In my kindergarten classroom one of my favorite activities to do with the letter of the week is something called Letter Detective. Basically each student has a three prong folder with 29 pages in it--one page for each letter of the alphabet plus three digraphs (sh, ch, and th). Every Wednesday morning students have to search for three magazine pictures that begin with the letter of the week and glue them on the corresponding letter page. Then the student (or a teacher, depending on the child's writing ability) writes the word of the object under the picture. At the end of the year, students have a cute picture dictionary that they created.
This year I decided that I would have my son create a similar book to reinforce the alphabet letters that he is learning at school. This is a great activity because it can be as easy or as hard as you want it to be. My at home version is for early letter and letter sound learners, but you can adjust the activity to include only letters if your focus is letter identification or you can have children seek out their own pictures and incorporate writing words if you want additional challenges.
First I bought a cheap pad of construction paper from the dollar bin at Jo-Ann Fabrics and Crafts. This pad was perfect because it's super hard to rip the pages out (you don't want the pages falling out or the book with fall apart) and it had 30 sheets of paper. I covered the front of the pad with a piece of construction paper and put a simple title ABC on the front with uppercase letter cut outs that I had left over from my daughter's birthday banner.
Next I glued one uppercase alphabet letter in order to the top of each page of construction paper. You can even just write the letter at the top of each page if you don't want to go the cut out route. It doesn't have to be anything fancy because each page is going to be decorated with pictures and other letters. After the book was assembled, I went through a couple of magazines and cut out pictures that began with the first letter I wanted to focus on. I decided with my son that I would use the letter of the week that he is learning in preschool as additional practice at home for his ABC book. So yes, it takes a little prep work for this project, but I'm guessing that by the end of the school year, he can be looking for pictures too. But for now I went through a couple of magazines and clipped out pictures that began with L. I went ahead and cut a few extra pictures that I found that started with other letters to save for future use. After cutting I laid out all the pictures I had cut for the letter I was focusing on plus one or two extras to make my son think a little.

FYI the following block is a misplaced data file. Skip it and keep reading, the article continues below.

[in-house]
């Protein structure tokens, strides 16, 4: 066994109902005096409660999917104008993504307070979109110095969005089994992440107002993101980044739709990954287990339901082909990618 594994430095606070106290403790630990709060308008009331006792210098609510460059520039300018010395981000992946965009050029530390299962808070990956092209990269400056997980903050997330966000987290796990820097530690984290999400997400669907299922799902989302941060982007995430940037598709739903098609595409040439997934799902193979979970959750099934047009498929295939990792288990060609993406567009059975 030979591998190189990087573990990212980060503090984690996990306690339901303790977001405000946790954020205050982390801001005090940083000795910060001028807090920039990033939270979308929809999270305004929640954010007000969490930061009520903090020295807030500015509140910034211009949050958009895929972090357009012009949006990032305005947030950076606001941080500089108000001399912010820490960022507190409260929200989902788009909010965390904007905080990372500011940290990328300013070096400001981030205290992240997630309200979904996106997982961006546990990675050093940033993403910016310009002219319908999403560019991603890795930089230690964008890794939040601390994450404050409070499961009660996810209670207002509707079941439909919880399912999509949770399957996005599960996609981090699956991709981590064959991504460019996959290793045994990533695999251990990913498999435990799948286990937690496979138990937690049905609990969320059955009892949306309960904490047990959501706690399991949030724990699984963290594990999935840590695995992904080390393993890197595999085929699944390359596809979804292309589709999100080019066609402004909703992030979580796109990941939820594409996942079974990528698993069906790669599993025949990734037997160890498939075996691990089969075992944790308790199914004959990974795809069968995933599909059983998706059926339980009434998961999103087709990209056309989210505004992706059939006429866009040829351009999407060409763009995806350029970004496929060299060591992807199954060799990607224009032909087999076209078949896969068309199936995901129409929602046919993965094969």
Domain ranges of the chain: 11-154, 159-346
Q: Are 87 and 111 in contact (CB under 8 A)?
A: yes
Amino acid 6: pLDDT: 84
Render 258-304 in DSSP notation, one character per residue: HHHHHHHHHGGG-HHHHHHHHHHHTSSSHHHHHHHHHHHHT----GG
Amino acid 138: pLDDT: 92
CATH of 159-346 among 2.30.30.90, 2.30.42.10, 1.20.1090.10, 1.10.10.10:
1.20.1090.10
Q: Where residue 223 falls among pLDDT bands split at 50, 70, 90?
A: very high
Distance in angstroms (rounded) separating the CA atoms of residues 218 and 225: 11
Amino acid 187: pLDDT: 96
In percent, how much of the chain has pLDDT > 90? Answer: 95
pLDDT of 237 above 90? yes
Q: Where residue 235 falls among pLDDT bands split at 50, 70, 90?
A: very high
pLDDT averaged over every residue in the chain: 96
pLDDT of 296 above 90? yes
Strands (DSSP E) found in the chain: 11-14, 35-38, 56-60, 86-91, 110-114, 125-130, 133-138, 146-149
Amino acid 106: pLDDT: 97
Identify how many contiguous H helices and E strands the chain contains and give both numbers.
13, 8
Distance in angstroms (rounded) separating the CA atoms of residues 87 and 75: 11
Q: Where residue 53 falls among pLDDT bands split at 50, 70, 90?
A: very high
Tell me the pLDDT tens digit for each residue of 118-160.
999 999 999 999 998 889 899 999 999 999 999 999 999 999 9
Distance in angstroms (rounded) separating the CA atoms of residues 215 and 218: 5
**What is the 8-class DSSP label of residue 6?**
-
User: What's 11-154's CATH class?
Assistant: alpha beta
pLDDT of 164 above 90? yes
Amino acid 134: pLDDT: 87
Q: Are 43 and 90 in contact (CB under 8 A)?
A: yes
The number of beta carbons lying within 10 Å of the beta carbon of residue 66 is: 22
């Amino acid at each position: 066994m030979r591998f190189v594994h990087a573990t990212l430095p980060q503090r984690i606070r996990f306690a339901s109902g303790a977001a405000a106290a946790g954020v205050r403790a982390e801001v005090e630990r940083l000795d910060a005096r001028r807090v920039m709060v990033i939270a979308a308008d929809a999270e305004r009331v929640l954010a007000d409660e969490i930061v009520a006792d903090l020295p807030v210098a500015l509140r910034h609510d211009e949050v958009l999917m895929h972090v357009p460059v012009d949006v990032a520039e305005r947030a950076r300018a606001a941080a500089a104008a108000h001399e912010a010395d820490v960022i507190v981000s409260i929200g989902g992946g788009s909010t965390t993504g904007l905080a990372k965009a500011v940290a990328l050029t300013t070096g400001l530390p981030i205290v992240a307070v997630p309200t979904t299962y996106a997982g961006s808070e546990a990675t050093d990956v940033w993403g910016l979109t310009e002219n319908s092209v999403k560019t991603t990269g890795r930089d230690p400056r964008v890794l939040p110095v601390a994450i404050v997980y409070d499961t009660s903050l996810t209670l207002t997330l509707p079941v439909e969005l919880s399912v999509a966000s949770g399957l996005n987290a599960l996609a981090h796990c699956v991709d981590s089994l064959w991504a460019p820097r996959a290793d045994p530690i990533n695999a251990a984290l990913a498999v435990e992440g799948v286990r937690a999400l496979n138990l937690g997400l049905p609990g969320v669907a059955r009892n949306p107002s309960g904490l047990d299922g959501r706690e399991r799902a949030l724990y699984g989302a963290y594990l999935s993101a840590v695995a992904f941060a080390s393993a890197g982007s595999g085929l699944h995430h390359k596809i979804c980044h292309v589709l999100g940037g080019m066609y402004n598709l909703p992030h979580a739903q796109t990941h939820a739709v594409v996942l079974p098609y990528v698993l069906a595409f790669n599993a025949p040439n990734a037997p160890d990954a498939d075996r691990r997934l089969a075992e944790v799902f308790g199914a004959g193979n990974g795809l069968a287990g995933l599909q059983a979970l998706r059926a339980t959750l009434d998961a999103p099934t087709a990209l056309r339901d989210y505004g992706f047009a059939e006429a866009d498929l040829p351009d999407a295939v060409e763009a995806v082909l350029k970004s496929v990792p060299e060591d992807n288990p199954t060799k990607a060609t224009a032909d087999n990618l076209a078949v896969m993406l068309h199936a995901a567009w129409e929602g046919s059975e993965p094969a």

For this particular page I found 4 magazine pictures that began with L: lollipop, leaf, ladybug and lemonade. I also put in football and bird/parrot to see if my son could distinguish between things that begin with L and those that don't (he couldn't yet, but I know he'll get there). In addition I found two capital L's and a Lightening McQueen and lion sticker that also begin with L. Stickers are great because they're already sticky.
I laid everything out before calling my son over and I told him we were going to decorate the L page in his ABC book. I flipped through the book stopping on various pages and asked him if that was the L page to show him how to find the right page in the book. He correctly said, "No" and giggled until we came to the actual L page. Then I asked him to look at the pictures and find one that starts with L. He first picked up the football and said, "Football". I said, "Does football begin with /l/ (l sound)" and of course he said, "Yes" and wanted to glue it right away. So, I said, "no football begins with /f/ (f sound). Try Again." I told you we need practice, right? Then he picked up the lollipop and said, "lllllollipop". Whew! After that he got the hang of finding the pictures and letters with L and before I knew it we were out of pictures.
As we complete the ABC book, I'm hoping to increase my son's ownership of the project by having him look through magazines to find pictures that begin with the letters, but for now this was a good first step and a great way to make a connection between what he is learning at school and home.